Everyone is a genius. But if you judge a fish by its ability to climb a tree, it will live its whole life believing that it is stupid.
This is a quotation, attributed to Albert Einstein, which is repeated over and again all over the internet every time our government makes a proposal about education that some people disagree with. To me, it’s one of life’s little annoyances. Why?
Well, for starters Albert Einstein never actually said it. If you don’t believe me take a few moments to Google it now, and if you find any proof at all that he did, please leave a link in the comments below.
Secondly, it’s untrue. If fish had never climbed trees there would be no tree-dwelling animals now and there would be no humans. We’d all still be swimming round at the bottom of the oceans.
Thirdly, it’s even more untrue. There are actually fish, living today, which can climb trees. Seriously. Google it.
Fourthly, it’s a downright lie. Not everyone is a genius. Most of us aren’t. The ones who are make it into the history books.
And Lastly? It’s just a cop out! It’s a way of absolving ourselves from the responsibility of educating our children.
When I look back over my childhood, there are two types of teachers who stand out. There are the ones who made me believe I could do anything if I tried and who then gave me the confidence to try, and there are those who told me I’d never climb trees because I was a fish. I’ll never forget Mr Holmes, who saw the potential behind the timid little mouse and gave me a speaking part in the school play. I’ll also never forget the music teacher (who I won’t name) who told me that with a voice like mine I really shouldn’t sing, because over 30 years later I can’t even sing along to the radio if I think someone else is within earshot .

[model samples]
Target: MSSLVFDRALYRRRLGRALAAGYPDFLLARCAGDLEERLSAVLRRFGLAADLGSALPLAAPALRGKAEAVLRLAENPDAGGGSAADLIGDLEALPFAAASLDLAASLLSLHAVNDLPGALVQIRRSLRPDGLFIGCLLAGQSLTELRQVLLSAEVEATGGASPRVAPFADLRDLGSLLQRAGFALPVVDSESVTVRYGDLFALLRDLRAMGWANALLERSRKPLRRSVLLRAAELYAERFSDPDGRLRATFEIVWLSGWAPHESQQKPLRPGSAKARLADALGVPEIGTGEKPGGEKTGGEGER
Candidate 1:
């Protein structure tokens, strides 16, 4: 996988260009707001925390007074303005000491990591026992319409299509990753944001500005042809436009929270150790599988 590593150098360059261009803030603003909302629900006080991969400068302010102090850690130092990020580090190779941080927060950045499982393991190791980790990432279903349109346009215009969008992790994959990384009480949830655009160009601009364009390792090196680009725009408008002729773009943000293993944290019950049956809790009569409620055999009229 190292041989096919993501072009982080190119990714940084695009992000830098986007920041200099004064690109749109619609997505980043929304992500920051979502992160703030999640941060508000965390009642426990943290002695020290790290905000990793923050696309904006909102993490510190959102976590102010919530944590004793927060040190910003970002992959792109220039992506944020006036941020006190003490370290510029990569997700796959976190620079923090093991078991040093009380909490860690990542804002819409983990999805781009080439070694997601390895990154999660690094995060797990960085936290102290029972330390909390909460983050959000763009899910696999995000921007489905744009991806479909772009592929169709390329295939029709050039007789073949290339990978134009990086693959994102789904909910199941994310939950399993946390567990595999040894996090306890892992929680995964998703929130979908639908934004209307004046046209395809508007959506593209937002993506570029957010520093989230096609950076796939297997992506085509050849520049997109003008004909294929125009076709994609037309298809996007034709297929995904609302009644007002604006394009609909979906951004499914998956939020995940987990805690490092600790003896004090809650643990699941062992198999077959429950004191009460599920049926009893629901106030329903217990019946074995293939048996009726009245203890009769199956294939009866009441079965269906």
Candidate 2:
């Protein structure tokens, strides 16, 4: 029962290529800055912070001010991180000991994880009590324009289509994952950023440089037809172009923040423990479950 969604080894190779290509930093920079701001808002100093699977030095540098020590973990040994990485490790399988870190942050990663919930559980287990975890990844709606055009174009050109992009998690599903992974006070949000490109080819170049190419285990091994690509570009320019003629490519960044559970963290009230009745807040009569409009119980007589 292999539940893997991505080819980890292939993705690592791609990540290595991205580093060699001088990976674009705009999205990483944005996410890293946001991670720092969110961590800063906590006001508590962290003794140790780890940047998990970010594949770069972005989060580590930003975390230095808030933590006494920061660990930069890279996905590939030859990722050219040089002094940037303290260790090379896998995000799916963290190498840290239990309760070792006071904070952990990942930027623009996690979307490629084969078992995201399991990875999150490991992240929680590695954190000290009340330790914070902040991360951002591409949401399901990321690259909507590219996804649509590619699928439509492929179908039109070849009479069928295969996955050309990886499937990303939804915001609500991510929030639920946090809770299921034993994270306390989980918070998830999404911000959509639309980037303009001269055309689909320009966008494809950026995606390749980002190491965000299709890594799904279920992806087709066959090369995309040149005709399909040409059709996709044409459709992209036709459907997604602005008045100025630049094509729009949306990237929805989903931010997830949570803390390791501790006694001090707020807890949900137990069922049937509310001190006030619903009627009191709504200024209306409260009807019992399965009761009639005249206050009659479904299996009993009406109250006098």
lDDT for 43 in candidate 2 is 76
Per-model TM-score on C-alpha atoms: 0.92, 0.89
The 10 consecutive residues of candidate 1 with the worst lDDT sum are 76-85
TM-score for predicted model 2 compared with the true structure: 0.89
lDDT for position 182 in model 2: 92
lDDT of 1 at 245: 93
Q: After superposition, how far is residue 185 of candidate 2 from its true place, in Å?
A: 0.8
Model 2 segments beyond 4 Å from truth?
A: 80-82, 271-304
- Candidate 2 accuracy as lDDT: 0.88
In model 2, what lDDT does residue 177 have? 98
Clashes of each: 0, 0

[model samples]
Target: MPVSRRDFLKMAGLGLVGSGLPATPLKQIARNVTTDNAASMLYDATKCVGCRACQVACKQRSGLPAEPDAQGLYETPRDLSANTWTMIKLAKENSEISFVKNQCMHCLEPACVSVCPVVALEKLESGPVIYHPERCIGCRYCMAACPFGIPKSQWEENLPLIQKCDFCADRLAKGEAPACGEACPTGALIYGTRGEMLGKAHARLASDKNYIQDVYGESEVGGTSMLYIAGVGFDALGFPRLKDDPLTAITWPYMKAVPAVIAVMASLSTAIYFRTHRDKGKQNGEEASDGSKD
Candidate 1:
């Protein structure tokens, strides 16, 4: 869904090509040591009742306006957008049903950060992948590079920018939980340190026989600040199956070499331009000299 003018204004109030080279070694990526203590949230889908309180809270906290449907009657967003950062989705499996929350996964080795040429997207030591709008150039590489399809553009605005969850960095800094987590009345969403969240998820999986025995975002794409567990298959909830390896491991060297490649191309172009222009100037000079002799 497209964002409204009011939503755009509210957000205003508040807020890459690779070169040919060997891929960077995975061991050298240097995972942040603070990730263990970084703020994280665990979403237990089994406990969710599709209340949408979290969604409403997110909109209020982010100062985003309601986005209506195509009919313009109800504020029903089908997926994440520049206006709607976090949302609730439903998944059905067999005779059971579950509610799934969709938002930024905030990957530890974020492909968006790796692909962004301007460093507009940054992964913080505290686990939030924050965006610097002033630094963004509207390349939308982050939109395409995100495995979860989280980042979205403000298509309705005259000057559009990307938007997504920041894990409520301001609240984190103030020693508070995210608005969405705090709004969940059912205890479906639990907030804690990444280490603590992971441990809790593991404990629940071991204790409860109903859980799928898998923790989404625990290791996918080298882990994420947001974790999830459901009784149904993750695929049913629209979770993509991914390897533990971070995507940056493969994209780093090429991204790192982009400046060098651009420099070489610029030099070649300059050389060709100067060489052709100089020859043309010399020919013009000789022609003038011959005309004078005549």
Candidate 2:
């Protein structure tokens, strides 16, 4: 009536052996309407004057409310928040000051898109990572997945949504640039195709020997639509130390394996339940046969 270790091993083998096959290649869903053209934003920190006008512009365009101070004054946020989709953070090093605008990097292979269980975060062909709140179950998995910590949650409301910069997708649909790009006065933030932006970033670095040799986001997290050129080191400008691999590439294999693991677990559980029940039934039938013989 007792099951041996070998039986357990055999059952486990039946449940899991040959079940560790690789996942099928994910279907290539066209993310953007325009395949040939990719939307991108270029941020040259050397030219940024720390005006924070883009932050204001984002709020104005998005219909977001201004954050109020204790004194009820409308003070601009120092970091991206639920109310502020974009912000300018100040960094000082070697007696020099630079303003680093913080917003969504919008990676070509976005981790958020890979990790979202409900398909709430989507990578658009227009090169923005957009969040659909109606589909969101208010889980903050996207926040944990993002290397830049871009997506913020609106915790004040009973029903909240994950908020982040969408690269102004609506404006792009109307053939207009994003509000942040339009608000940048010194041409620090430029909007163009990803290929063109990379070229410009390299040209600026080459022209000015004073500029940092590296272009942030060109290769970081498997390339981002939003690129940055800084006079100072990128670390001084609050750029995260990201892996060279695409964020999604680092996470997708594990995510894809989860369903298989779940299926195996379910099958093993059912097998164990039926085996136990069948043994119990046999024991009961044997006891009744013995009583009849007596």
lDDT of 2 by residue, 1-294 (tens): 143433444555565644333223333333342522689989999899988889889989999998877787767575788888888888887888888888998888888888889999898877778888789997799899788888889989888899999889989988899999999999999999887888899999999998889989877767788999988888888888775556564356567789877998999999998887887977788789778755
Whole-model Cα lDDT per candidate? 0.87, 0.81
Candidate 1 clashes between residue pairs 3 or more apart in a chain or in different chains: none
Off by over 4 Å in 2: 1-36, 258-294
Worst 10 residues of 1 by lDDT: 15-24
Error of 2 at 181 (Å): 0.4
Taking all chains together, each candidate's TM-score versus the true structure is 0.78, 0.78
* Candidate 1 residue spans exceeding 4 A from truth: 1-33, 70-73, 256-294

Our job as teachers is not to look at our class and sort them into runners, swimmers, fliers and climbers. Our job is to equip every child with shoes, flippers, wings and ropes and to make sure that every single one of them achieves all of the skills to the best of their ability.
Some of them may run marathons and some may never run further than the corner of the road; some may swim the channel and some may just about doggy paddle their way to a 5m badge; some may soar high above the ground and some may only hover a few centimetres from the floor; some might make it to the top of the tree and some may never make it past the first branch. But with the right teaching and encouragement, there is no reason why any child in a mainstream school, and most children in special schools, shouldn’t run and swim and fly and climb.
So you’ll never find me retweeting nonsense about Einstein and fish. Instead you’ll find me in my classroom, helping some of the children build a ladder to reach the first branch and holding a safety net to encourage the others to reach for the top of the tree. Who’s with me?